Does pregnancy affect the development of allergies in childhood?

The increased prevalence of childhood asthma and allergies has been associated with changes in environmental and exposure factors, but they only explain part of the growing burden of disease. Certain factors during pregnancy may contribute to the development of allergic diseases in childhood. The topic is largely unexplored.

Published: 6.10.2022
Writer: Minna Lukkarinen
Picture: Pasi Leino


Asthma and allergies are chronic pediatric diseases that are a growing problem in western countries. More research into the causes and development of these diseases is needed. Researchers have long assumed that, together with genetic predisposition, certain factors during pregnancy may affect the formation of the immune system of the fetus. However, research knowledge on this issue is still limited since the study of atopic diseases – asthma, food and dust allergies, and atopic eczema – has, to date, largely focused on exposures after birth.

In the studies for my doctoral dissertation, I found that infants manifested risk factors for asthma already under the age of one, and the risk factors varied depending on the type of asthma they would subsequently develop by school age. The clearly differing risk profiles prior to the age of one led to the conclusion that something must have occurred already before birth. As usual in research, one finding opened up new questions, and I wanted to further investigate the chain of events.

Following my dissertation in 2017, I started as a postdoctoral researcher within a large-scale Turku-based research project, the FinnBrain Birth Cohort Study. In the population-based pregnancy cohort study, approximately 4,000 children and their parents are being followed up, starting from early pregnancy. The research is focused on the development of the brain, nervous system and health in childhood.

Being a prospective, multi- and interdisciplinary research project, FinnBrain allows us to address a wide range of interesting research questions. My post-doc project involved the setting up of the lab for pediatric research, FinnBrain Pediatrics. The FinnBrain Atopy sub-study focuses on what was my original research question, in other words, which factors during pregnancy might influence the development of atopic disorders in childhood.


FinnBrain Atopy seeks to identify early risk factors

The FinnBrain Atopy research will hopefully yield special and unique information. Our aim is to investigate whether the mother’s stress during pregnancy or the parents’ own childhood stress is associated with the offspring’s asthma and allergy risk. The long-term target of our research is to promote the well-being of families. The research findings may potentially provide us with tools to advance children’s health already prior to or during pregnancy.

However, we still have a long way to go before we have access to new tools for the prevention of atopic disorders. First, we need to look for associations. Once we have found relevant associations, we can start seeking mechanisms. Then, upon finding a mechanism, it’s time to talk about the prevention of diseases. It is a long but interesting process.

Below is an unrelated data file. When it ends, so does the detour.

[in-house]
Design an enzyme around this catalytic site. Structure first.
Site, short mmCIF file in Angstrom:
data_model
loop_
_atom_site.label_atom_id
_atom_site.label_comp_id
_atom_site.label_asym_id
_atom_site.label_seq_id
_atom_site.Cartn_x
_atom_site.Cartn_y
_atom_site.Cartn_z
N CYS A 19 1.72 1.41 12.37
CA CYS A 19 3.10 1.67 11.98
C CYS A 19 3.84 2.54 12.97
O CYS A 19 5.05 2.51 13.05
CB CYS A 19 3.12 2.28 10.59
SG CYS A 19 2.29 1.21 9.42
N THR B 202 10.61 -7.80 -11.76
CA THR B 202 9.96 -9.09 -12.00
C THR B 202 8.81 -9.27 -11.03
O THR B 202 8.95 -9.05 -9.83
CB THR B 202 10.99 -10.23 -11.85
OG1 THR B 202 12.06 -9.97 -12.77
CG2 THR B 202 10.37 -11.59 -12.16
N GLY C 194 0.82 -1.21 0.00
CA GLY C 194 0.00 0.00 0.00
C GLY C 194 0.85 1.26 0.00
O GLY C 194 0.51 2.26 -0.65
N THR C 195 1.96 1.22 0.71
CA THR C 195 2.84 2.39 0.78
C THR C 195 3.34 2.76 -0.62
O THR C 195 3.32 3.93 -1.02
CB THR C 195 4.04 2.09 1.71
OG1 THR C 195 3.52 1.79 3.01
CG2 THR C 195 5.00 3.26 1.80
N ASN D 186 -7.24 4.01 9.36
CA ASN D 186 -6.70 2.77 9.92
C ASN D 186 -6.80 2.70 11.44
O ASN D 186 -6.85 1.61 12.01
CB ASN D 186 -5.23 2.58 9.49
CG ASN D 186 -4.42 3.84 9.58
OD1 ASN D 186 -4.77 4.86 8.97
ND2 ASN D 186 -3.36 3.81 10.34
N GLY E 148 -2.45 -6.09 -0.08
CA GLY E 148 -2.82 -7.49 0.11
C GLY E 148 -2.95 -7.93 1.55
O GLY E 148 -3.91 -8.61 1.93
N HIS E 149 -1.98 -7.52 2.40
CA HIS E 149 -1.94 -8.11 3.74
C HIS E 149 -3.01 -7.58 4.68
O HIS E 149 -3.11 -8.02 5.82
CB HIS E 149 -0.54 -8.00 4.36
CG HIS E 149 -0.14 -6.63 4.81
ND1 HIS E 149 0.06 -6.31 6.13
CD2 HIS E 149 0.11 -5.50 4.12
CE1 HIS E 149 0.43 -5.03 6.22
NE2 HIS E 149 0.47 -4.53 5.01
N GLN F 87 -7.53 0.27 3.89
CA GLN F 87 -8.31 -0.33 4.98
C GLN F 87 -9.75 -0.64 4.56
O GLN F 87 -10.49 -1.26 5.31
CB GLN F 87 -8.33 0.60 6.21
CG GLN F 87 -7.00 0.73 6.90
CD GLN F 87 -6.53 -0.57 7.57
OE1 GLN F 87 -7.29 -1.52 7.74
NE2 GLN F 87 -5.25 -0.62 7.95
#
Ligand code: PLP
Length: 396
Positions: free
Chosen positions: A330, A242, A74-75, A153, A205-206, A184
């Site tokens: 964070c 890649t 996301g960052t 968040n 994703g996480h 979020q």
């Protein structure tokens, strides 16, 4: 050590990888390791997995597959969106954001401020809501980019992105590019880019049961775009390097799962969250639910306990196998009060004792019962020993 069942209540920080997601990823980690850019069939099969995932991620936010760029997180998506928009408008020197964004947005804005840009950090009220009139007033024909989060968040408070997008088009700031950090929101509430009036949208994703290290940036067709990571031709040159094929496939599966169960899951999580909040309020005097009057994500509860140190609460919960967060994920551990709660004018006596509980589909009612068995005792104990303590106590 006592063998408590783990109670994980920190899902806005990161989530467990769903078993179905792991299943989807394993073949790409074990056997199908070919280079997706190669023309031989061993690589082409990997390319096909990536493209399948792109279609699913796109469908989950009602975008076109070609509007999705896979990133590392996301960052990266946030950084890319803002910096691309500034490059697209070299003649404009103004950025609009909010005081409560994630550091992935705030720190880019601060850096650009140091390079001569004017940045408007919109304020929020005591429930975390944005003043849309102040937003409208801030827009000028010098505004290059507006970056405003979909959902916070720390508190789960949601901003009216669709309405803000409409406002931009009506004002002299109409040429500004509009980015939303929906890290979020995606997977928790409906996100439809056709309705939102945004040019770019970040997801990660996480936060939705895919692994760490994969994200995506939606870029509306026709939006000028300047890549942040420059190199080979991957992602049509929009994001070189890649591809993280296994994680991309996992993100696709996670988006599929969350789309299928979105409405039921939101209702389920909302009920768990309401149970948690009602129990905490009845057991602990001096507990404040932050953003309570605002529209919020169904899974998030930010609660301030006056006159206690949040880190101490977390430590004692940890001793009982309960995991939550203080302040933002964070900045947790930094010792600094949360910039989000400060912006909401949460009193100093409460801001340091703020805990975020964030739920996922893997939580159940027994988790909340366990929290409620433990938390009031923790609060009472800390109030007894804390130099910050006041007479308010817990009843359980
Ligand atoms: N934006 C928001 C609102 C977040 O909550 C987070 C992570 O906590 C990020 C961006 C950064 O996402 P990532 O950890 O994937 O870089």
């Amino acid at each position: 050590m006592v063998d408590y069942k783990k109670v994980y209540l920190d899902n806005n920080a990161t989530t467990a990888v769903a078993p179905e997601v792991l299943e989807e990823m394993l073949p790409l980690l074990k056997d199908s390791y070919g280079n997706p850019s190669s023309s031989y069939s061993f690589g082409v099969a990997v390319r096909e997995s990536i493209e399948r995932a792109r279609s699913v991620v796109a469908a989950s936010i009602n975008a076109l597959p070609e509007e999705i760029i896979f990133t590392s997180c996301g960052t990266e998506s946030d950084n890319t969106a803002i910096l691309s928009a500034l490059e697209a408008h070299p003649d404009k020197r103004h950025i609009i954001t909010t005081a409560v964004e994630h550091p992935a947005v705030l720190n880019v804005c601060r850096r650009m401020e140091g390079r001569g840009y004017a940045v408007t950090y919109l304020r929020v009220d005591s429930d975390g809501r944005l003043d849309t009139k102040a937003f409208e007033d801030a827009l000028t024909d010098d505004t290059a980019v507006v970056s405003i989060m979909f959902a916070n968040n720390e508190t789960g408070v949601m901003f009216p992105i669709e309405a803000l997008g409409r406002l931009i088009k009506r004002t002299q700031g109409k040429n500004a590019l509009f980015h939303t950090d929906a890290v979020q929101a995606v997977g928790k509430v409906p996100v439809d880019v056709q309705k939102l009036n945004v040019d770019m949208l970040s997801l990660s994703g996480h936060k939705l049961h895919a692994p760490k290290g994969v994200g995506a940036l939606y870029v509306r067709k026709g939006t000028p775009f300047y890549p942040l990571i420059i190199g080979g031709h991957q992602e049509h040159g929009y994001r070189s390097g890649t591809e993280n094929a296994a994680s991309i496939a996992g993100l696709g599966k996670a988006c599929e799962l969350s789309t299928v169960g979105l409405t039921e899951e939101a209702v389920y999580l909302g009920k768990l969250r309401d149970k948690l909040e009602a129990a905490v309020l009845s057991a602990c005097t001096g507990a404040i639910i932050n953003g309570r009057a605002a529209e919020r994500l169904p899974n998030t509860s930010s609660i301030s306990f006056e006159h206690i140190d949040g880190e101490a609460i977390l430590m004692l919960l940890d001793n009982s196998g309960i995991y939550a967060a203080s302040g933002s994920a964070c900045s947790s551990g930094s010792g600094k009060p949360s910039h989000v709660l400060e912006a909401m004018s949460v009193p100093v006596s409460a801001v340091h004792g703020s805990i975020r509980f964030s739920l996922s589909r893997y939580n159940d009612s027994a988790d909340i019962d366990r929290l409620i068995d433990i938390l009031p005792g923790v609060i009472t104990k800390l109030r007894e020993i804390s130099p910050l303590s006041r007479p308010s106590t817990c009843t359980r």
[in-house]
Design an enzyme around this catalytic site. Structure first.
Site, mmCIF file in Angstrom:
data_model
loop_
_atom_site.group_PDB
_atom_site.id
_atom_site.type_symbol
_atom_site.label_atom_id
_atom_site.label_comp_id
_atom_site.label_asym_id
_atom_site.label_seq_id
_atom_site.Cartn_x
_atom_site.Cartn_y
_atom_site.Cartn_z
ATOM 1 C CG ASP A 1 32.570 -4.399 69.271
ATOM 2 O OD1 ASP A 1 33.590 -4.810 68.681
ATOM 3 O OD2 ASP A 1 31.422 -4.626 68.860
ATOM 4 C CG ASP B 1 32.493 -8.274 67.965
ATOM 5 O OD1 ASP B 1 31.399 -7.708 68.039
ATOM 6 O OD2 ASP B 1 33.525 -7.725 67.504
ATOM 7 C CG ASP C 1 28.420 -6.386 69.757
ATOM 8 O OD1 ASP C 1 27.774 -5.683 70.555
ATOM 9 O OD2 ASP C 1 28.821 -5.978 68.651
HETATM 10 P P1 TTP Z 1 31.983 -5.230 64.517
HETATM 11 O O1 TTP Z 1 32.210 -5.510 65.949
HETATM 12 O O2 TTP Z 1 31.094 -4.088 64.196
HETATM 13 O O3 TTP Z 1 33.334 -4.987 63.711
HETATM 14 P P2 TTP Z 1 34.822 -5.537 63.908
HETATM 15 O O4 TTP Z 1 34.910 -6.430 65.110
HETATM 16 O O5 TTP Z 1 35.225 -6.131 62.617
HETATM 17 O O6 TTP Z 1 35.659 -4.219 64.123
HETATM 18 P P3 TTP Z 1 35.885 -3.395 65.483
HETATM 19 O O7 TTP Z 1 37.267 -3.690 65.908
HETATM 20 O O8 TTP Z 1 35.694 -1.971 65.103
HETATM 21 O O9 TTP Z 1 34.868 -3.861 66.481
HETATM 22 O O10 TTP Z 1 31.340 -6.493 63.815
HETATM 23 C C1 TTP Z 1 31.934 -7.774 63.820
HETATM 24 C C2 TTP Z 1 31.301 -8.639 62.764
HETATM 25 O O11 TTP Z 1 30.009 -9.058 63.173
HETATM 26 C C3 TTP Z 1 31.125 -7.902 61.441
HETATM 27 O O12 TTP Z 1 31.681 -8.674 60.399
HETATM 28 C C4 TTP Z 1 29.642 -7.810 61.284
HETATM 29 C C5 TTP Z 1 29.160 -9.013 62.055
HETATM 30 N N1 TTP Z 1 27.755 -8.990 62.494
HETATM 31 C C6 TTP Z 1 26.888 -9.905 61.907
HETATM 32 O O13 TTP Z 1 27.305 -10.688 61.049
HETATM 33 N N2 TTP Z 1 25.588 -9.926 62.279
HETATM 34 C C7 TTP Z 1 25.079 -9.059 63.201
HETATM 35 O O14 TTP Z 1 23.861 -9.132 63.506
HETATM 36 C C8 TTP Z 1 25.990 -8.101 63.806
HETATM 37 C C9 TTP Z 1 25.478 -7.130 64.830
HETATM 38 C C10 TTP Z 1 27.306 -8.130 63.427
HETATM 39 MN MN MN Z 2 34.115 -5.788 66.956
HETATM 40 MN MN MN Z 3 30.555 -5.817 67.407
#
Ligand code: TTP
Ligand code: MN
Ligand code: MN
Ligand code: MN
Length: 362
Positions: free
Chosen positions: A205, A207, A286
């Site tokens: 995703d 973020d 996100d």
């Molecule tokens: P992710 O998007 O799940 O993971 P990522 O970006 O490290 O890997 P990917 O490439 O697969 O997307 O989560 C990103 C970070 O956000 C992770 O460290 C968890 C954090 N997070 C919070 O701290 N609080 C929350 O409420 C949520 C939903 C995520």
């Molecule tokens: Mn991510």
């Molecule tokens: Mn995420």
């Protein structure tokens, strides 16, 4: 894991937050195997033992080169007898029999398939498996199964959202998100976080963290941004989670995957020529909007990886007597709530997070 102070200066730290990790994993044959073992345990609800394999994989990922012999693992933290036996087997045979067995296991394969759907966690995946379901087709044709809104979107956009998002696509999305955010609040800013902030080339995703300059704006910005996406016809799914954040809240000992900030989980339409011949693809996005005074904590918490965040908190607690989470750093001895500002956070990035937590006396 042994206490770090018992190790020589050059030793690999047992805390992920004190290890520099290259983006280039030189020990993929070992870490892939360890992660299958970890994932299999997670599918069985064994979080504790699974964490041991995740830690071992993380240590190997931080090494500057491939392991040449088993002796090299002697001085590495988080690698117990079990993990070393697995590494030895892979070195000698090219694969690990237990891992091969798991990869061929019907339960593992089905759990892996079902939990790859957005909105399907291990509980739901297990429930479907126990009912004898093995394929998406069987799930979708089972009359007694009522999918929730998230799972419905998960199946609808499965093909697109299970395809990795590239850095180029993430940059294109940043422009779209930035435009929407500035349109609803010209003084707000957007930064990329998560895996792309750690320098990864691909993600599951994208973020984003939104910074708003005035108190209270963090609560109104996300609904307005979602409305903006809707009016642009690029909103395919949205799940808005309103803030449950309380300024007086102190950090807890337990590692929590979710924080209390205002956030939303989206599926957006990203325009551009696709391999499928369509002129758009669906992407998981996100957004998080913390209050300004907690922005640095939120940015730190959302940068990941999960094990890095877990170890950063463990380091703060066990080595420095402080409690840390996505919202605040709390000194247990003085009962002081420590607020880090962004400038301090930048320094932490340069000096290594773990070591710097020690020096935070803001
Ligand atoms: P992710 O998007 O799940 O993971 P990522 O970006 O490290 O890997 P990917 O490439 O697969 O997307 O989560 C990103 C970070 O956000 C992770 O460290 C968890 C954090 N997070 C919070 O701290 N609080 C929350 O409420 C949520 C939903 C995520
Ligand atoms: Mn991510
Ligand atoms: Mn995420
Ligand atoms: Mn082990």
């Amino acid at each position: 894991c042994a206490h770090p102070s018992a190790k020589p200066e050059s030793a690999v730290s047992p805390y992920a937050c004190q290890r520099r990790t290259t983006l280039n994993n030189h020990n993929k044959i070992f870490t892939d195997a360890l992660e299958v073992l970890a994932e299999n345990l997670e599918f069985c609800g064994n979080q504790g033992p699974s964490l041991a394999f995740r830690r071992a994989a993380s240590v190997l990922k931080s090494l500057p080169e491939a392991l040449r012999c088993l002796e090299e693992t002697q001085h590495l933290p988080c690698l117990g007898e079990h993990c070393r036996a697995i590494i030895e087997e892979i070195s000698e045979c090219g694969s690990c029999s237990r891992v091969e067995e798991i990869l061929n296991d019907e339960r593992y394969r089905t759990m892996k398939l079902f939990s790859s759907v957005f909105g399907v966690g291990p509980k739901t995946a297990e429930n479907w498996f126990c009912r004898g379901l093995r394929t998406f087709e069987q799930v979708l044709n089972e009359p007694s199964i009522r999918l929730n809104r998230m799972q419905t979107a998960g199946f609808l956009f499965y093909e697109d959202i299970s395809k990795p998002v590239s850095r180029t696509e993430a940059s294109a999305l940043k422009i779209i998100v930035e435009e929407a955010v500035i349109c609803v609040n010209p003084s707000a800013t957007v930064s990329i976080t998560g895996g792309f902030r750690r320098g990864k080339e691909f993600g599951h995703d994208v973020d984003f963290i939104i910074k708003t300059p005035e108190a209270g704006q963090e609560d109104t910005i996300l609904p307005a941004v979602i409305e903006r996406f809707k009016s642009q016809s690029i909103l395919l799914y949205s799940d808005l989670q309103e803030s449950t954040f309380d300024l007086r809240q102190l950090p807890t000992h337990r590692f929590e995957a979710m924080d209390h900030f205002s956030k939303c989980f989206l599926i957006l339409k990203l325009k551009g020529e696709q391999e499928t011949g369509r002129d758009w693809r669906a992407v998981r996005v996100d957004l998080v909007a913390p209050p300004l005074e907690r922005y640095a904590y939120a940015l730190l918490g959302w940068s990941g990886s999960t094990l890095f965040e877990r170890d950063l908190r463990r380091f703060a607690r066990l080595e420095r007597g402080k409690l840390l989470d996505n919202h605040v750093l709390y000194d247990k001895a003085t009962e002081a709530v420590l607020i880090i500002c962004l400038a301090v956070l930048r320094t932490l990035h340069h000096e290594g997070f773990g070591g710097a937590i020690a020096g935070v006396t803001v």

The FinnBrain Pediatrics and FinnBrain Atopy data materials were gathered during the years 2018–2021, when the subjects were five years of age. The pediatric follow-up data covers 1,000 children. The accumulated birth cohort material thus serves as a valuable resource for current research. FinnBrain Atopy seeks to investigate, for example, in what ways parental stress – that is, the stress experienced by the mother during pregnancy or the father in his own childhood – or diverse factors in the living environment or the child’s own psychological symptoms are associated with the development of atopic diseases in children.

Using a mechanistic approach, we aim to explore if any differences in the epigenetic regulation of genes can be identified between the children with allergies or asthma and the healthy controls, and if they are associated with maternal stress during pregnancy or paternal stress in childhood. This might indicate the programming of allergies during pregnancy.


Data analysis is a highpoint of research work

It is great to have the FinnBrain Atopy data material ready and accessible. I can now focus on my original research questions and start planning new ones. Data analysis is a highpoint of research work. The moment when you have the first results available and discover if anything particular stands out is one of the rewarding moments in research!

I would like to thank the Sakari Alhopuro Foundation for supporting our research project. During my post-doc project, I have repeatedly applied for grants and project funding. Lucky for me, the financiers have believed in my ideas and provided the funding necessary for my research. I encourage young scientists to come up with new research ideas and apply for grant funding for their projects.


Minna Lukkarinen


Minna Lukkarinen, MD, PhD, is the responsible researcher for the FinnBrain Pediatrics sub-studies. She earned her PhD from the University of Turku in 2017, with a dissertation concerning the risk factors of asthma in early childhood. Since then, she has been involved in the FinnBrain Birth Cohort Study and a number of linked research projects. Lukkarinen’s research is focused on, for example, the development of atopic diseases in childhood. Working as a Specialist in Pediatrics at the TYKS Pediatric and Adolescent Clinic, she treats children suffering from allergies and asthma. In addition to her clinical work and research, Lukkarinen serves as the Executive Director of TYKS Foundation.






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